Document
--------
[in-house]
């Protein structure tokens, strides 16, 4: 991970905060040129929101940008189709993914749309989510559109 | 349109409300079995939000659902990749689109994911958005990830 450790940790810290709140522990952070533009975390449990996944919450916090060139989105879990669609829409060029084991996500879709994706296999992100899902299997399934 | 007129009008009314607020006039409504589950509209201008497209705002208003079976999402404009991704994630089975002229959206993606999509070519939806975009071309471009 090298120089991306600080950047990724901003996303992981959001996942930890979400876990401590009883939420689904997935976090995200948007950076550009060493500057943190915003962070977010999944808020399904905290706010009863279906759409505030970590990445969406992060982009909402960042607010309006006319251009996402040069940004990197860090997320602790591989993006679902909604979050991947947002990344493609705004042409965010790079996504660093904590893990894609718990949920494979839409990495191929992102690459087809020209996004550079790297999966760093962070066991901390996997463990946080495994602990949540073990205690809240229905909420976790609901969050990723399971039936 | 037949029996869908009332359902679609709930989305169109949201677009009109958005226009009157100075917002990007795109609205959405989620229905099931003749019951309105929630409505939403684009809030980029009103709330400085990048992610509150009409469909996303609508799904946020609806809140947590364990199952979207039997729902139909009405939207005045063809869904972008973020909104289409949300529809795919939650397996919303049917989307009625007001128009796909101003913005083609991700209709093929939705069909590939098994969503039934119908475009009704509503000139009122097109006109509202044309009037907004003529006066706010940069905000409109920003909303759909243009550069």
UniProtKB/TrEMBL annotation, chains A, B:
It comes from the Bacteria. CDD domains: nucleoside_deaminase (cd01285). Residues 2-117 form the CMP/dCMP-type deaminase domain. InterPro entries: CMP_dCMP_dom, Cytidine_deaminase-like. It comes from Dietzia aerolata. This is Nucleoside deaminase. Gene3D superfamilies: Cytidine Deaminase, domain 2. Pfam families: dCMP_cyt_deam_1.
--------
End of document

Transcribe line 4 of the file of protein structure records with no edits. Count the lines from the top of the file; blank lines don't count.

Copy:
It comes from the Bacteria. CDD domains: nucleoside_deaminase (cd01285). Residues 2-117 form the CMP/dCMP-type deaminase domain. InterPro entries: CMP_dCMP_dom, Cytidine_deaminase-like. It comes from Dietzia aerolata. This is Nucleoside deaminase. Gene3D superfamilies: Cytidine Deaminase, domain 2. Pfam families: dCMP_cyt_deam_1.